Research Goals & Aims

The primary goal of this research is to understand the lifespan changes of the vocal tract anatomy in both typically and atypically developing populations, and also to examine the relation of anatomic changes to speech acoustics. We accomplish this using a combination of three approaches: Imaging, acoustics, and vocal tract (VT) modeling.


We have established a unique imaging database with more than 1900 imaging studies (MRI and CT), across the lifespan, for both typically developing individuals of both sexes and atypically developing individuals (Down syndrome, cerebral palsy, etc.). Using this database, we have compiled a set of landmark-based measurements, and we have been systematically characterizing how the VT structures grow individually and in relation to one another. Additionally, we are currently rendering 3D models of select VT structures and advancing novel analysis methods to quantify multidimensional growth, taking into account tissue type, embryologic origin and function.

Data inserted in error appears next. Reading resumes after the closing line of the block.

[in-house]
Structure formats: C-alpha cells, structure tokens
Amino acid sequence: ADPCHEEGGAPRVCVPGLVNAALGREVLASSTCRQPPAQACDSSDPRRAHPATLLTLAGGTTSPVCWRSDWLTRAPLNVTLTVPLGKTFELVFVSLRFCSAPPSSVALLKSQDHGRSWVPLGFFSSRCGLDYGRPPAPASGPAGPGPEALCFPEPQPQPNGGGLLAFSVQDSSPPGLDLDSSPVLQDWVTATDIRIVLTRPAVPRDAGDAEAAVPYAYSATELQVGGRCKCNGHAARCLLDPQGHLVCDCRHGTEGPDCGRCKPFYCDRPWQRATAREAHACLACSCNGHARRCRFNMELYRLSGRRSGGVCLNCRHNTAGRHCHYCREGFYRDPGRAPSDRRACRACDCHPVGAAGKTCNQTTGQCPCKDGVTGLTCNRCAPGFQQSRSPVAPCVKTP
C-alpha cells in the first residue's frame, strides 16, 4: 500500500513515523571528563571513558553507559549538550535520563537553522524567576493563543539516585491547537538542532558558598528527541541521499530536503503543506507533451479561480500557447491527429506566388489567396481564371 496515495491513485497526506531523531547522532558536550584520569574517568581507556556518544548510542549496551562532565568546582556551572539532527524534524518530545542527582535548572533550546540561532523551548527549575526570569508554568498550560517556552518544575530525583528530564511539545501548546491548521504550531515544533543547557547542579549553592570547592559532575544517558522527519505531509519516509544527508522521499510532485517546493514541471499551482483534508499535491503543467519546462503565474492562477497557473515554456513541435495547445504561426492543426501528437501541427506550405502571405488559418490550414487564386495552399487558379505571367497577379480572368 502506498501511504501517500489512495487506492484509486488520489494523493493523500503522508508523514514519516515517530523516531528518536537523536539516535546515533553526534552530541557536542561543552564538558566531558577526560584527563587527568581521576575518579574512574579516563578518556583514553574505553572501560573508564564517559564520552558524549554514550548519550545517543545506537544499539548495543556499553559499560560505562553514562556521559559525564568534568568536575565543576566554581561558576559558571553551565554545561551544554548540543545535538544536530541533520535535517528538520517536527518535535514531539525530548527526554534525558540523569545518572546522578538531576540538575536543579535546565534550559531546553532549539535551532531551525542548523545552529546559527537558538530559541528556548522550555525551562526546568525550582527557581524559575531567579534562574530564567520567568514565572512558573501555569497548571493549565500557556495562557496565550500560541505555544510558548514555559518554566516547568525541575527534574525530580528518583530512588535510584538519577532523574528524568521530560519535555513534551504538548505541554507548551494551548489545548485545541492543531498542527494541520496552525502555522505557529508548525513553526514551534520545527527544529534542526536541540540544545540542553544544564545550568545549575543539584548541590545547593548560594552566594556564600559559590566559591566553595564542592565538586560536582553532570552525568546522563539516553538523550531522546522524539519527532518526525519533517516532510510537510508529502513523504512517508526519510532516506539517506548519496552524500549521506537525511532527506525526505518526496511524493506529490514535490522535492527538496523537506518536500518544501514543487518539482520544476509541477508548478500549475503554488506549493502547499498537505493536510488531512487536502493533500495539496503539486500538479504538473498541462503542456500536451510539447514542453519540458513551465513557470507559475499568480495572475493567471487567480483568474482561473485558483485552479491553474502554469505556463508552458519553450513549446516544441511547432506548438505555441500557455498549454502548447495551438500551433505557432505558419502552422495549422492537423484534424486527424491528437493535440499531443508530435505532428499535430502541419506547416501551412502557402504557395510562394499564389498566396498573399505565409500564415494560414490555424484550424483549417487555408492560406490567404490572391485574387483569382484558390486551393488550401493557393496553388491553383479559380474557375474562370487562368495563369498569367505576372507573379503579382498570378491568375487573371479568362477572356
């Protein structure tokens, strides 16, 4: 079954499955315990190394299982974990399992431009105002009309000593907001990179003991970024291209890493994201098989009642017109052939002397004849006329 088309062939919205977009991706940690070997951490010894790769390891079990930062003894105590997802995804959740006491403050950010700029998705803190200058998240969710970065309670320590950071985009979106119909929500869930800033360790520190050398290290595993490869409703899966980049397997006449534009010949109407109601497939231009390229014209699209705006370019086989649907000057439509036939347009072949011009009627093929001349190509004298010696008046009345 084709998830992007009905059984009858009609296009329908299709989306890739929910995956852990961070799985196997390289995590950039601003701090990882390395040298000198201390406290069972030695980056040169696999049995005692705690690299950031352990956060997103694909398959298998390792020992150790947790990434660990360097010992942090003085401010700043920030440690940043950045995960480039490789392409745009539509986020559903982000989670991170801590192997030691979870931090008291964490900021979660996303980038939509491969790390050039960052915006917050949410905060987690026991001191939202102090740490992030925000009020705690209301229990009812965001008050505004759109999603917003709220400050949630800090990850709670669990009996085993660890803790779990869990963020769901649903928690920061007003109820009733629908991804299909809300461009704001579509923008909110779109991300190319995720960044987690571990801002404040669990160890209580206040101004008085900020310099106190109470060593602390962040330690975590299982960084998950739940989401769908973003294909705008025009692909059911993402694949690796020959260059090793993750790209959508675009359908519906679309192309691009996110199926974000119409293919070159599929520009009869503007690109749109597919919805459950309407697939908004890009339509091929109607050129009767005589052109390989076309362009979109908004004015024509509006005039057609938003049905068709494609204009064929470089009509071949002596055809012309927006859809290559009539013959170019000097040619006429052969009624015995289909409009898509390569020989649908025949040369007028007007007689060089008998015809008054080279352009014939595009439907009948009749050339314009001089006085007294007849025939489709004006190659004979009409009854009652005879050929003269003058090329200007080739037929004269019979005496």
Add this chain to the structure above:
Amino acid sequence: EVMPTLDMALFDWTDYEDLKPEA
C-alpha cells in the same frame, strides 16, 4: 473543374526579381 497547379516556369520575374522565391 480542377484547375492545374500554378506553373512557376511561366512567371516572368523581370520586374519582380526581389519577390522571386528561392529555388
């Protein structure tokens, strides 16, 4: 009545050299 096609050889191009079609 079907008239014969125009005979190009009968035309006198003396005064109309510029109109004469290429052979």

Efforts are underway to establish a speech acoustics database between the ages 2 to 90 years. Our current database consists of over 230 recordings from typically developing participants and over 150 recordings from participants with Down syndrome. We work to compile a database of acoustic measurements from these recordings, some of which are unprecedented in design. Recordings are also supplemented by use of an acoustic pharyngometer, where participants breathe into its tube and the reflection of sound waves are used to measure VT dimensions. This combination of acoustic and VT dimension measures will help enable more rigorous testing of anatomic-acoustic relations. Furthermore, we are examining accuracy of measurements of various acoustic analysis software packages, and exploring new approaches for acoustic analysis as well as the quantification and visualization of vowel formant development.

VT Modeling

Current efforts entail testing hypotheses on anatomic-acoustic relations using the acoustic output of the sex-specific developmental VT models that we have advanced.